Thursday, December 21, 2017

Sweden’s Lindbäck Opens New Super Modular Factory

Lindbäck's new factory at Haraholmen near Piteå is not big - it's huge! 

The factory can hold seven football fields inside its 452,000 sq ft. When it was opened on Tuesday, the factory was filled with hundreds of invited people - and a significant future confidence.


Lindbäck's new modular home factory is ready to begin producing affordable apartments and triple its production. The factory was opened by Sweden’s Housing Minister Peter Eriksson.

Stefan Lindbäck, CEO on the left; Sweden's Housing Minister,Peter Eriksson on the right

"This is great," says Stefan Lindbäck, CEO.


About half a billion have been pumped into the factory to triple the company's production capacity. From 800 apartments per year to 2,400 per year, including the factory in Öjebyn. Or four apartments per day, only in the new factory at Haraholmen. By 2021, the pace will be scaled up to a total of 2,500 apartments per year.


It has taken 3 years for the factory to go from proposal to reality. The factory is said to be Europe's most modern, thanks to new automations. Production will start at the end of January when all machines are in place.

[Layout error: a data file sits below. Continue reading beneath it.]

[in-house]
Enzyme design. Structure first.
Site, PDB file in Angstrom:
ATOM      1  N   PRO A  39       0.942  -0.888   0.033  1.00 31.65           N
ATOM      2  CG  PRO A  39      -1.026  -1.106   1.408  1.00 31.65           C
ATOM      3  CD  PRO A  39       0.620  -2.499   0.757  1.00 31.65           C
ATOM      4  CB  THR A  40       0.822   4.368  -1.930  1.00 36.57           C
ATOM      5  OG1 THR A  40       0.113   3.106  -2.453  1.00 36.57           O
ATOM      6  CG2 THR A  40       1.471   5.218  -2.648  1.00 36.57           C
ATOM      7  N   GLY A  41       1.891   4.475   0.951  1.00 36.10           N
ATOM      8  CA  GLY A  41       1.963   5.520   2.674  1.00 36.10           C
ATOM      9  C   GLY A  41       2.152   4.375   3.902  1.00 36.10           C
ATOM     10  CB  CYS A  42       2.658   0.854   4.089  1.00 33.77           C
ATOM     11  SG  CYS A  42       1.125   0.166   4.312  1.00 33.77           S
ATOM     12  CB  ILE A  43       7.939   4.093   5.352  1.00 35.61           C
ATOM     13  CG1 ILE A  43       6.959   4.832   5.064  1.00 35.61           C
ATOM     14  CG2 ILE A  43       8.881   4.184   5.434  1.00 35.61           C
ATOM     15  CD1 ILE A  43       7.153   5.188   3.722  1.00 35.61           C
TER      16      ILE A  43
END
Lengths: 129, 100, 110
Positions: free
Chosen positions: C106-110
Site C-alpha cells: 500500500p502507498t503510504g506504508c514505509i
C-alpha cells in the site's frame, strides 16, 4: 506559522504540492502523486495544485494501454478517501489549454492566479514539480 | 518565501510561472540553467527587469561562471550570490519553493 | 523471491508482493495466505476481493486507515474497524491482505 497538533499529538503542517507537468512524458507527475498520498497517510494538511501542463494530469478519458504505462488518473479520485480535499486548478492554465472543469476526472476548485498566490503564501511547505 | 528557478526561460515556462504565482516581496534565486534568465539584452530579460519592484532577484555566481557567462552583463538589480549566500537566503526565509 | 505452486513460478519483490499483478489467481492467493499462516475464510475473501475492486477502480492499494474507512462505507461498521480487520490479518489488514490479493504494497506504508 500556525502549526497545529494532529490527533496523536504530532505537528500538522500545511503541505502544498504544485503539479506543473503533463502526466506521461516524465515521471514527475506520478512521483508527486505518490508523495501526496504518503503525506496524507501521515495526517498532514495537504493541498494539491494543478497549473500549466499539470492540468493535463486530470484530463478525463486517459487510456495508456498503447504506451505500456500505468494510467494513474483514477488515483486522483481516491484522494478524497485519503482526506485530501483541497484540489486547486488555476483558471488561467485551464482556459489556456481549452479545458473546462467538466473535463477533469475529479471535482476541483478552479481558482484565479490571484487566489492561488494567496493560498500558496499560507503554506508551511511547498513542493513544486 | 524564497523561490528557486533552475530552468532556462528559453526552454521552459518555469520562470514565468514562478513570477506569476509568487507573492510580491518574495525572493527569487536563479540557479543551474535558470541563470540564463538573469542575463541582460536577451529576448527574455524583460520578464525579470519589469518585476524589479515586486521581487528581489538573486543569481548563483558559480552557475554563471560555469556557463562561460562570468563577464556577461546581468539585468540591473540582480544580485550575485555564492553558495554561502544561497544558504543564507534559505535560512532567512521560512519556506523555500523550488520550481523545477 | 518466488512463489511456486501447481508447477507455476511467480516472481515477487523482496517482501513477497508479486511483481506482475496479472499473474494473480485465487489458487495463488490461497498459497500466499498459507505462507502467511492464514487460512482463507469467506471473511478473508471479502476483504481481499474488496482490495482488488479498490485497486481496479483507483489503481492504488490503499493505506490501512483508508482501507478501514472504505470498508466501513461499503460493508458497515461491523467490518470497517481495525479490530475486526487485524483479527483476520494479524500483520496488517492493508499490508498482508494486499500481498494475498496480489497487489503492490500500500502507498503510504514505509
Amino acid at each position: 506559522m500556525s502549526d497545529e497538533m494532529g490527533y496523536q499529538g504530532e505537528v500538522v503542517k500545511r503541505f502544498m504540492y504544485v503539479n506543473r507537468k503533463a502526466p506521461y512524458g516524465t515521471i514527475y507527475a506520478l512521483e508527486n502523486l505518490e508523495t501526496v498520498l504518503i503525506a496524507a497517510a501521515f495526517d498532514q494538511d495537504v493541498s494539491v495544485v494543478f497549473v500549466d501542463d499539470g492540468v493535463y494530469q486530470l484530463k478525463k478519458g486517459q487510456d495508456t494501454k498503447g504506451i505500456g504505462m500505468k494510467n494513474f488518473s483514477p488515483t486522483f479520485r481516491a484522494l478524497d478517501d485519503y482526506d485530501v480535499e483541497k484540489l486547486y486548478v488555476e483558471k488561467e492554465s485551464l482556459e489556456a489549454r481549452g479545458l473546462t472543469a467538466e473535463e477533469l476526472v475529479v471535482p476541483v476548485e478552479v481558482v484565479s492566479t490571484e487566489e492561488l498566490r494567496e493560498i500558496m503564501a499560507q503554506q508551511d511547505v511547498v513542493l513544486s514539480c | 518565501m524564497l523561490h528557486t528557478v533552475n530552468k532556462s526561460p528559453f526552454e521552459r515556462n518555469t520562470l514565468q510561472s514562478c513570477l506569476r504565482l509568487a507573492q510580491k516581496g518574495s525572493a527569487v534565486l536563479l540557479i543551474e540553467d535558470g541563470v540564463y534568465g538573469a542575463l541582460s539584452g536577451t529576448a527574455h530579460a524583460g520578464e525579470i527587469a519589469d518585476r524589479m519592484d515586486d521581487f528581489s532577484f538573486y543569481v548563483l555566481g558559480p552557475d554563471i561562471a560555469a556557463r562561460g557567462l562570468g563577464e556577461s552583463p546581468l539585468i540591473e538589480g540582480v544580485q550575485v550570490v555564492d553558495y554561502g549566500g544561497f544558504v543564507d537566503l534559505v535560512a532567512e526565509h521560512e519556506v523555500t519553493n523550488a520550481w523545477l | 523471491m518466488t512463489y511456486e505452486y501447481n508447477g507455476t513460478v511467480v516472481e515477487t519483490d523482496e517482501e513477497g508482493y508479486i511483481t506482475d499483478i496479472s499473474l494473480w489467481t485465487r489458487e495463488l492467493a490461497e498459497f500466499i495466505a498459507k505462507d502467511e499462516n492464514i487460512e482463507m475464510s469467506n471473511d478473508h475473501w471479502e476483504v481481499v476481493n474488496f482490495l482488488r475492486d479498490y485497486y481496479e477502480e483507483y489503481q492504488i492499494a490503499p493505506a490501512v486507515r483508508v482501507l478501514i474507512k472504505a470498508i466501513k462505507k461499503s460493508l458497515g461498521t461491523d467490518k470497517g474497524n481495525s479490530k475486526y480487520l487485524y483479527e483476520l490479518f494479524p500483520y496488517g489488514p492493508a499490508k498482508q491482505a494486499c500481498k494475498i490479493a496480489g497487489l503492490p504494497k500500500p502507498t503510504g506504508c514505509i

"Then we will start by spitting out apartments," says Stefan Lindbäck.

Bostadsjätten will continue the construction of both condominiums and single family homes. Finished apartment modules with interior walls, toilets and kitchens that are ready to be assembled.

The focus is on building climate-smart with wood. In addition, the factory is powered by solar cells.

A majority of Swedes believe in falling housing prices for the first time in five years. But Lindbäck does not see any concerns about the business. Stefan Lindbäck believes that the luxury end has disappeared from the market.

Lindbäck's strategy is instead to be high quality and climate-friendly at a reasonable price. Production costs should be lowered by the huge industrial output.

What has been built in Sweden has often been built too expensive. Therefore, Lindbäck's strategy to build affordable alternatives is welcomed by Sweden home buyers and renters. 

“It is built for ordinary people with regular wallets and incomes. Not only for those with thick wallets and rich parents”, said StefanLindbäck. 


The investment has given 150 new jobs. Since the autumn of 2015, 250 people have been hired and the total staff has now grown to 493.


"It is noticeable when you go to town and often discover colleagues," says Sabina Lestander, employed at the factory in Öjebyn.


Colleague Louise Hedlund fills in:"When we gather here, we understand how many we actually are. As a single big family, says colleague Louise Hedlund.

2 comments:

Anonymous said...

That is one bad ass factory. No US company can match it.

Doug Stimpson said...


We better learn from the europeans how they got the housing market to embrace modular with such enthusiasm. A concept which began here in the US which has stalled. We just haven't done much to foster any growing interest. Shame on us!